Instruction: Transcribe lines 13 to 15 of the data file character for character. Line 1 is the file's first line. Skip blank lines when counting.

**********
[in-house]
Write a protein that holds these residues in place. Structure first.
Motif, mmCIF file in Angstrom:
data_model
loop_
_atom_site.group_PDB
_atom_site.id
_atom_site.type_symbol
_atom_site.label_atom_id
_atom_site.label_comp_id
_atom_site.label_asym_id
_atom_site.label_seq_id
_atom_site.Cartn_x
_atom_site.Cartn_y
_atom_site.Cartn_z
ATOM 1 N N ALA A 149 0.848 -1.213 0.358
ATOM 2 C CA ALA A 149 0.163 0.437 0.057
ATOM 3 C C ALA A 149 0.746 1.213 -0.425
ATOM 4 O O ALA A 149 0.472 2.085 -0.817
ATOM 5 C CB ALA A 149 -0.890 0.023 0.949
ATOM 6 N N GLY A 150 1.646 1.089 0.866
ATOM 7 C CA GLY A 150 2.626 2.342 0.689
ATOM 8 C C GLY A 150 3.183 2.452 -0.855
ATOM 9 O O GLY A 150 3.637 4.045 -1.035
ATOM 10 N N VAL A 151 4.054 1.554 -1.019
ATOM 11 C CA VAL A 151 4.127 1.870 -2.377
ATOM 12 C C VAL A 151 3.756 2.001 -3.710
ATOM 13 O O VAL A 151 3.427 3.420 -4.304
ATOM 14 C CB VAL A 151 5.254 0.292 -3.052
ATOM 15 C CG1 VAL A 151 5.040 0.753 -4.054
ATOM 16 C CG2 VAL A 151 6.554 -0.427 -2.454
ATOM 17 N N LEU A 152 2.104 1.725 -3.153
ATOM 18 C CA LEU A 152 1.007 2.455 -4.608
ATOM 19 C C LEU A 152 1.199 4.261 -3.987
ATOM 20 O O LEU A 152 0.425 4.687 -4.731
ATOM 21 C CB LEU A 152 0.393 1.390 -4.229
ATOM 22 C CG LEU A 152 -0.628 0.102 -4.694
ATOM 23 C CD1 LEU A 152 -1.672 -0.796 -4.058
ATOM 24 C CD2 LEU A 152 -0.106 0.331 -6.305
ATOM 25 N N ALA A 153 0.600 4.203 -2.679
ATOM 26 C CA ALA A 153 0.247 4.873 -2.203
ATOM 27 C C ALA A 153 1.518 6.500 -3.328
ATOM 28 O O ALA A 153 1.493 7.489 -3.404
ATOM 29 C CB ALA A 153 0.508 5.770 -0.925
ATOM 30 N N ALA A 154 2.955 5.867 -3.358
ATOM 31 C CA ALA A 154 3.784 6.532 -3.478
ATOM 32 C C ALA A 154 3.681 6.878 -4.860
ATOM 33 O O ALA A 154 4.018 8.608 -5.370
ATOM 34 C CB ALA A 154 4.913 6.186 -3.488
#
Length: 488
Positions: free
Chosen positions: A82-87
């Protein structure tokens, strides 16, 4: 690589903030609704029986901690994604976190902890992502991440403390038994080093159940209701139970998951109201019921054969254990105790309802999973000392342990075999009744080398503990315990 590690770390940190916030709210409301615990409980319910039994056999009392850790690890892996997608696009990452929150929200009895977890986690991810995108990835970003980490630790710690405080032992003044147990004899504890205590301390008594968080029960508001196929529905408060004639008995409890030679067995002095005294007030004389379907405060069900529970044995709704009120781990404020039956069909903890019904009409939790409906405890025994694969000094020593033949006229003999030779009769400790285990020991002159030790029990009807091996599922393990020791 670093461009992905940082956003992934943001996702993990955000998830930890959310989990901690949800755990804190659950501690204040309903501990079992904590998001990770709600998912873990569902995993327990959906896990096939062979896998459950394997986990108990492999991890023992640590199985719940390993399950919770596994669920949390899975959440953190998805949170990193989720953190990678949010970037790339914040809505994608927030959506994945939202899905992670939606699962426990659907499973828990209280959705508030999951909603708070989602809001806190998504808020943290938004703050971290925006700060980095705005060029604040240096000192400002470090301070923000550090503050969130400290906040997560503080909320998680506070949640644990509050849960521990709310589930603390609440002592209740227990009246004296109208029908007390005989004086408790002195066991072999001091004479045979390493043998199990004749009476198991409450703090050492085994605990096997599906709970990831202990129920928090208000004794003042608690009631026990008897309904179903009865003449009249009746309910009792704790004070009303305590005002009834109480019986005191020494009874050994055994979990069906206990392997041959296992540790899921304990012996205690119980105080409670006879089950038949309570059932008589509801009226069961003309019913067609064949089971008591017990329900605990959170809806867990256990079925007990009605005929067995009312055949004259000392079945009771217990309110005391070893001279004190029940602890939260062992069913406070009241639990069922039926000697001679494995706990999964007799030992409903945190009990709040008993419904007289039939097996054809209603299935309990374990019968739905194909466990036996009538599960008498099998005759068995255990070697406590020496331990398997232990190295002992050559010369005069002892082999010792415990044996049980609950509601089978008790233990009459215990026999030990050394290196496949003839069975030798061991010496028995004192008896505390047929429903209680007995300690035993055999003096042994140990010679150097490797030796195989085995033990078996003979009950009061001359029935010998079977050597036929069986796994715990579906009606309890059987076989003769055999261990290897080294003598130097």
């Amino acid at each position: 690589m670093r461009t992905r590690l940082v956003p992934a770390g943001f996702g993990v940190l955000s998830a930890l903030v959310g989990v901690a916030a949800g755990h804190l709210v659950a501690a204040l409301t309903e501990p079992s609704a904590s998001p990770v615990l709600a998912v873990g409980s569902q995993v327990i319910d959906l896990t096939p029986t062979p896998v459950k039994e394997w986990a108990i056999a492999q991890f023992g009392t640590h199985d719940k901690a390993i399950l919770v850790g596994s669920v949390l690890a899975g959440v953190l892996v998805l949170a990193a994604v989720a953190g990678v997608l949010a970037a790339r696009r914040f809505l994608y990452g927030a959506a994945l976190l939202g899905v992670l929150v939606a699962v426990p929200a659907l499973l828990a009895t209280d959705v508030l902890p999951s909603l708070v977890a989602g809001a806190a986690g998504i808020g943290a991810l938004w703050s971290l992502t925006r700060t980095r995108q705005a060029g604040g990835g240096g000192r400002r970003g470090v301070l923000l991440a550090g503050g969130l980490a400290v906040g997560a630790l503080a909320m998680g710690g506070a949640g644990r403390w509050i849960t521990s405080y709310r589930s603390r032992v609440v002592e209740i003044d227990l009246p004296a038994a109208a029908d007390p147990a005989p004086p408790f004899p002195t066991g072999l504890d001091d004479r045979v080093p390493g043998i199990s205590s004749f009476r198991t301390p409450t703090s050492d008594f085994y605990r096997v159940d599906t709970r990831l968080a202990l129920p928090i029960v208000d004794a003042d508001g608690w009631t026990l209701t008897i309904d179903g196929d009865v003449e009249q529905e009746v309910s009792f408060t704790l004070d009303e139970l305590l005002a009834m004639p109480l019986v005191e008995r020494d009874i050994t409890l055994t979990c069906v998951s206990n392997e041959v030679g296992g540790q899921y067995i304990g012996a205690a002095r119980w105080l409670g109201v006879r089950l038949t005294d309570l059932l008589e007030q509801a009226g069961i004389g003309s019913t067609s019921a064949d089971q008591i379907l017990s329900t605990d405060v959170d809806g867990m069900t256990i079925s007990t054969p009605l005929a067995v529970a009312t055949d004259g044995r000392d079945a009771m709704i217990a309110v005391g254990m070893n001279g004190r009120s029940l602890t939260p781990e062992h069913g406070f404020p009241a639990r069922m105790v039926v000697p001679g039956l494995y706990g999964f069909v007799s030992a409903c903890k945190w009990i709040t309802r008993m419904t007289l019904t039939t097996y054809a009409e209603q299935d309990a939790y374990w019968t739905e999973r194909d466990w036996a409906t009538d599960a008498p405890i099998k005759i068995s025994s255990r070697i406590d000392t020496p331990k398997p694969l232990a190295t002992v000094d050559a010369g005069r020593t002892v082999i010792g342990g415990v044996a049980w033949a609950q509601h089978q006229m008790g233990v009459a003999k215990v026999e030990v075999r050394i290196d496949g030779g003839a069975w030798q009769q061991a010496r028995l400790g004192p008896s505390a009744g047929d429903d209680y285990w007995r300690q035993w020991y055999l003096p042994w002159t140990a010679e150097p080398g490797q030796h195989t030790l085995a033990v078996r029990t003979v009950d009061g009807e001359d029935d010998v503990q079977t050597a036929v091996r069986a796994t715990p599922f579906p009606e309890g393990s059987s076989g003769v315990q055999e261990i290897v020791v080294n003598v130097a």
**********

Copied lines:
_atom_site.Cartn_x
_atom_site.Cartn_y
_atom_site.Cartn_z